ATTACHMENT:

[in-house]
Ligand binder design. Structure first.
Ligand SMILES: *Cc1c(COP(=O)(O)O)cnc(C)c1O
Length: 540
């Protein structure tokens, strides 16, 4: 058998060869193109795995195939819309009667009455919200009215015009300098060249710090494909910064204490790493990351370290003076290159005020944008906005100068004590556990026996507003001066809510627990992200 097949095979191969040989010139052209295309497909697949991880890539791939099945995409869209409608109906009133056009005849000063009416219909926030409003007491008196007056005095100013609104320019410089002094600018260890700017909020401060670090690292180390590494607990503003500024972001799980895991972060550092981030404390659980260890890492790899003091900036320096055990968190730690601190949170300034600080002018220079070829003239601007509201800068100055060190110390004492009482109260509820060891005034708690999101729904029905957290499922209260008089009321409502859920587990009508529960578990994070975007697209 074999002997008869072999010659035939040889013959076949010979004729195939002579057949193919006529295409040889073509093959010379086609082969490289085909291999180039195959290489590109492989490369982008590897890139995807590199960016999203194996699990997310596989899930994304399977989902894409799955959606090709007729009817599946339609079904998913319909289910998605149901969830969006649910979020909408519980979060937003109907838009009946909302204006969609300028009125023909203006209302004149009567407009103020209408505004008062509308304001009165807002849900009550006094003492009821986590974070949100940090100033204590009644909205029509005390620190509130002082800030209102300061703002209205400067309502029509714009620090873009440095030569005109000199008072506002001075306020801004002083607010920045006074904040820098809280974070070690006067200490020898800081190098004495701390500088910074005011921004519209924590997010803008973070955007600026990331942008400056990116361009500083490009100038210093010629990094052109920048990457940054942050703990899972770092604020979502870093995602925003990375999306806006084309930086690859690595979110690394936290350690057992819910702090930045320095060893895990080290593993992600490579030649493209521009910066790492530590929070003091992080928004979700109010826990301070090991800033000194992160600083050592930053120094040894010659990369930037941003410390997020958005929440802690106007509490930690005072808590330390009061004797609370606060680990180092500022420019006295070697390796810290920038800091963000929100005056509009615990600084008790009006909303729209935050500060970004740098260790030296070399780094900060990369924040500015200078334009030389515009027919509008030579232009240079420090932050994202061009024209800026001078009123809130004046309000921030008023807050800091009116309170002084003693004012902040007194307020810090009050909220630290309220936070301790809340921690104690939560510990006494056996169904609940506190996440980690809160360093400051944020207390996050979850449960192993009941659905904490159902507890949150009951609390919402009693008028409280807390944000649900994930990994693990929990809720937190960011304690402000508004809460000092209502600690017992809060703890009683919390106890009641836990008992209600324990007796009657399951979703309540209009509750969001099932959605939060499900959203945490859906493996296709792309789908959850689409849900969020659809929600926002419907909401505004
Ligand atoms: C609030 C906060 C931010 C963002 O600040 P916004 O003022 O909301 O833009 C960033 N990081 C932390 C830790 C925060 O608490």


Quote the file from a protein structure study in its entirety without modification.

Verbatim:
[in-house]
Ligand binder design. Structure first.
Ligand SMILES: *Cc1c(COP(=O)(O)O)cnc(C)c1O
Length: 540
């Protein structure tokens, strides 16, 4: 058998060869193109795995195939819309009667009455919200009215015009300098060249710090494909910064204490790493990351370290003076290159005020944008906005100068004590556990026996507003001066809510627990992200 097949095979191969040989010139052209295309497909697949991880890539791939099945995409869209409608109906009133056009005849000063009416219909926030409003007491008196007056005095100013609104320019410089002094600018260890700017909020401060670090690292180390590494607990503003500024972001799980895991972060550092981030404390659980260890890492790899003091900036320096055990968190730690601190949170300034600080002018220079070829003239601007509201800068100055060190110390004492009482109260509820060891005034708690999101729904029905957290499922209260008089009321409502859920587990009508529960578990994070975007697209 074999002997008869072999010659035939040889013959076949010979004729195939002579057949193919006529295409040889073509093959010379086609082969490289085909291999180039195959290489590109492989490369982008590897890139995807590199960016999203194996699990997310596989899930994304399977989902894409799955959606090709007729009817599946339609079904998913319909289910998605149901969830969006649910979020909408519980979060937003109907838009009946909302204006969609300028009125023909203006209302004149009567407009103020209408505004008062509308304001009165807002849900009550006094003492009821986590974070949100940090100033204590009644909205029509005390620190509130002082800030209102300061703002209205400067309502029509714009620090873009440095030569005109000199008072506002001075306020801004002083607010920045006074904040820098809280974070070690006067200490020898800081190098004495701390500088910074005011921004519209924590997010803008973070955007600026990331942008400056990116361009500083490009100038210093010629990094052109920048990457940054942050703990899972770092604020979502870093995602925003990375999306806006084309930086690859690595979110690394936290350690057992819910702090930045320095060893895990080290593993992600490579030649493209521009910066790492530590929070003091992080928004979700109010826990301070090991800033000194992160600083050592930053120094040894010659990369930037941003410390997020958005929440802690106007509490930690005072808590330390009061004797609370606060680990180092500022420019006295070697390796810290920038800091963000929100005056509009615990600084008790009006909303729209935050500060970004740098260790030296070399780094900060990369924040500015200078334009030389515009027919509008030579232009240079420090932050994202061009024209800026001078009123809130004046309000921030008023807050800091009116309170002084003693004012902040007194307020810090009050909220630290309220936070301790809340921690104690939560510990006494056996169904609940506190996440980690809160360093400051944020207390996050979850449960192993009941659905904490159902507890949150009951609390919402009693008028409280807390944000649900994930990994693990929990809720937190960011304690402000508004809460000092209502600690017992809060703890009683919390106890009641836990008992209600324990007796009657399951979703309540209009509750969001099932959605939060499900959203945490859906493996296709792309789908959850689409849900969020659809929600926002419907909401505004
Ligand atoms: C609030 C906060 C931010 C963002 O600040 P916004 O003022 O909301 O833009 C960033 N990081 C932390 C830790 C925060 O608490």